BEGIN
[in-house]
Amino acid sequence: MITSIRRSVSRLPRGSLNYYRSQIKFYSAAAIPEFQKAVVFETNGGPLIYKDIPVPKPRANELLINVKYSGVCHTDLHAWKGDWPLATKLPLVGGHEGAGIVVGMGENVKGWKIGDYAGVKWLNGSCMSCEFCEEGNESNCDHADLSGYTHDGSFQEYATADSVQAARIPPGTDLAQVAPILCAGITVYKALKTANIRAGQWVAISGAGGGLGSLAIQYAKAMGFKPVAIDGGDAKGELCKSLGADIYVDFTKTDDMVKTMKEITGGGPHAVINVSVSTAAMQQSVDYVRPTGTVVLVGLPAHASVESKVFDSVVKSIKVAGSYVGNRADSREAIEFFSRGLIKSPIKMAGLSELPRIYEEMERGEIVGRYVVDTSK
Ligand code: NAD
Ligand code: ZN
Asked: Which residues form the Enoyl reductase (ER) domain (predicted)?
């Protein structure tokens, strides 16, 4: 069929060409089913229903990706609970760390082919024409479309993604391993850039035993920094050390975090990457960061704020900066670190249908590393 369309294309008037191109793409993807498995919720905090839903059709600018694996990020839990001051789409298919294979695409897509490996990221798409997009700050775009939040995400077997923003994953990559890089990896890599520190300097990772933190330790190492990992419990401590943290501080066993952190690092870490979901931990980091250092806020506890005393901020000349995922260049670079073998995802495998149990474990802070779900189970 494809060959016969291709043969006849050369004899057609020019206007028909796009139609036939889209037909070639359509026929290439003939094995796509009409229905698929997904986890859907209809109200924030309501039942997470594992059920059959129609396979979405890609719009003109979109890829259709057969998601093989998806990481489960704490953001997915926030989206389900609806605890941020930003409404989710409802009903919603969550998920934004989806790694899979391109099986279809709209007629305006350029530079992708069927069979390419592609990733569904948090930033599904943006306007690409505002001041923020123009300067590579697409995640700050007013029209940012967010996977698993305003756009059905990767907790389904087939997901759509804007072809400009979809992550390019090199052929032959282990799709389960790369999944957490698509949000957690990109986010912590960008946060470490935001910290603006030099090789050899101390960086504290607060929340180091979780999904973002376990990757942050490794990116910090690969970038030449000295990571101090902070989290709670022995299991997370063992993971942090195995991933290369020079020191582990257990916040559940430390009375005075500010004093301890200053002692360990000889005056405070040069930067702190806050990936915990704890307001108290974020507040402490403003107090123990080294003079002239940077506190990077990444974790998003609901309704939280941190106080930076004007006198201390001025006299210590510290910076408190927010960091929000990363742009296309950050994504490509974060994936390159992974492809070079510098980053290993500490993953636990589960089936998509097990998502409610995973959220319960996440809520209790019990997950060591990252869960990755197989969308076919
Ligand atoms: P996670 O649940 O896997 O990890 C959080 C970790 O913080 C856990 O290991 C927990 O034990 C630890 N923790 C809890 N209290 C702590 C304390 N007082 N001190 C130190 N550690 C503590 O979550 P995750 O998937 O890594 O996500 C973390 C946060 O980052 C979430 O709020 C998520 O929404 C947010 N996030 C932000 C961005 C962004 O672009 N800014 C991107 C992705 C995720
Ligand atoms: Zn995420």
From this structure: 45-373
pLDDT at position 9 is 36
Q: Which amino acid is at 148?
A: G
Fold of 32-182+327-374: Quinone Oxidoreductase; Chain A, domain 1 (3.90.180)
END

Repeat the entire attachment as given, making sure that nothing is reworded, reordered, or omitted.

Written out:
[in-house]
Amino acid sequence: MITSIRRSVSRLPRGSLNYYRSQIKFYSAAAIPEFQKAVVFETNGGPLIYKDIPVPKPRANELLINVKYSGVCHTDLHAWKGDWPLATKLPLVGGHEGAGIVVGMGENVKGWKIGDYAGVKWLNGSCMSCEFCEEGNESNCDHADLSGYTHDGSFQEYATADSVQAARIPPGTDLAQVAPILCAGITVYKALKTANIRAGQWVAISGAGGGLGSLAIQYAKAMGFKPVAIDGGDAKGELCKSLGADIYVDFTKTDDMVKTMKEITGGGPHAVINVSVSTAAMQQSVDYVRPTGTVVLVGLPAHASVESKVFDSVVKSIKVAGSYVGNRADSREAIEFFSRGLIKSPIKMAGLSELPRIYEEMERGEIVGRYVVDTSK
Ligand code: NAD
Ligand code: ZN
Asked: Which residues form the Enoyl reductase (ER) domain (predicted)?
């Protein structure tokens, strides 16, 4: 069929060409089913229903990706609970760390082919024409479309993604391993850039035993920094050390975090990457960061704020900066670190249908590393 369309294309008037191109793409993807498995919720905090839903059709600018694996990020839990001051789409298919294979695409897509490996990221798409997009700050775009939040995400077997923003994953990559890089990896890599520190300097990772933190330790190492990992419990401590943290501080066993952190690092870490979901931990980091250092806020506890005393901020000349995922260049670079073998995802495998149990474990802070779900189970 494809060959016969291709043969006849050369004899057609020019206007028909796009139609036939889209037909070639359509026929290439003939094995796509009409229905698929997904986890859907209809109200924030309501039942997470594992059920059959129609396979979405890609719009003109979109890829259709057969998601093989998806990481489960704490953001997915926030989206389900609806605890941020930003409404989710409802009903919603969550998920934004989806790694899979391109099986279809709209007629305006350029530079992708069927069979390419592609990733569904948090930033599904943006306007690409505002001041923020123009300067590579697409995640700050007013029209940012967010996977698993305003756009059905990767907790389904087939997901759509804007072809400009979809992550390019090199052929032959282990799709389960790369999944957490698509949000957690990109986010912590960008946060470490935001910290603006030099090789050899101390960086504290607060929340180091979780999904973002376990990757942050490794990116910090690969970038030449000295990571101090902070989290709670022995299991997370063992993971942090195995991933290369020079020191582990257990916040559940430390009375005075500010004093301890200053002692360990000889005056405070040069930067702190806050990936915990704890307001108290974020507040402490403003107090123990080294003079002239940077506190990077990444974790998003609901309704939280941190106080930076004007006198201390001025006299210590510290910076408190927010960091929000990363742009296309950050994504490509974060994936390159992974492809070079510098980053290993500490993953636990589960089936998509097990998502409610995973959220319960996440809520209790019990997950060591990252869960990755197989969308076919
Ligand atoms: P996670 O649940 O896997 O990890 C959080 C970790 O913080 C856990 O290991 C927990 O034990 C630890 N923790 C809890 N209290 C702590 C304390 N007082 N001190 C130190 N550690 C503590 O979550 P995750 O998937 O890594 O996500 C973390 C946060 O980052 C979430 O709020 C998520 O929404 C947010 N996030 C932000 C961005 C962004 O672009 N800014 C991107 C992705 C995720
Ligand atoms: Zn995420």
From this structure: 45-373
pLDDT at position 9 is 36
Q: Which amino acid is at 148?
A: G
Fold of 32-182+327-374: Quinone Oxidoreductase; Chain A, domain 1 (3.90.180)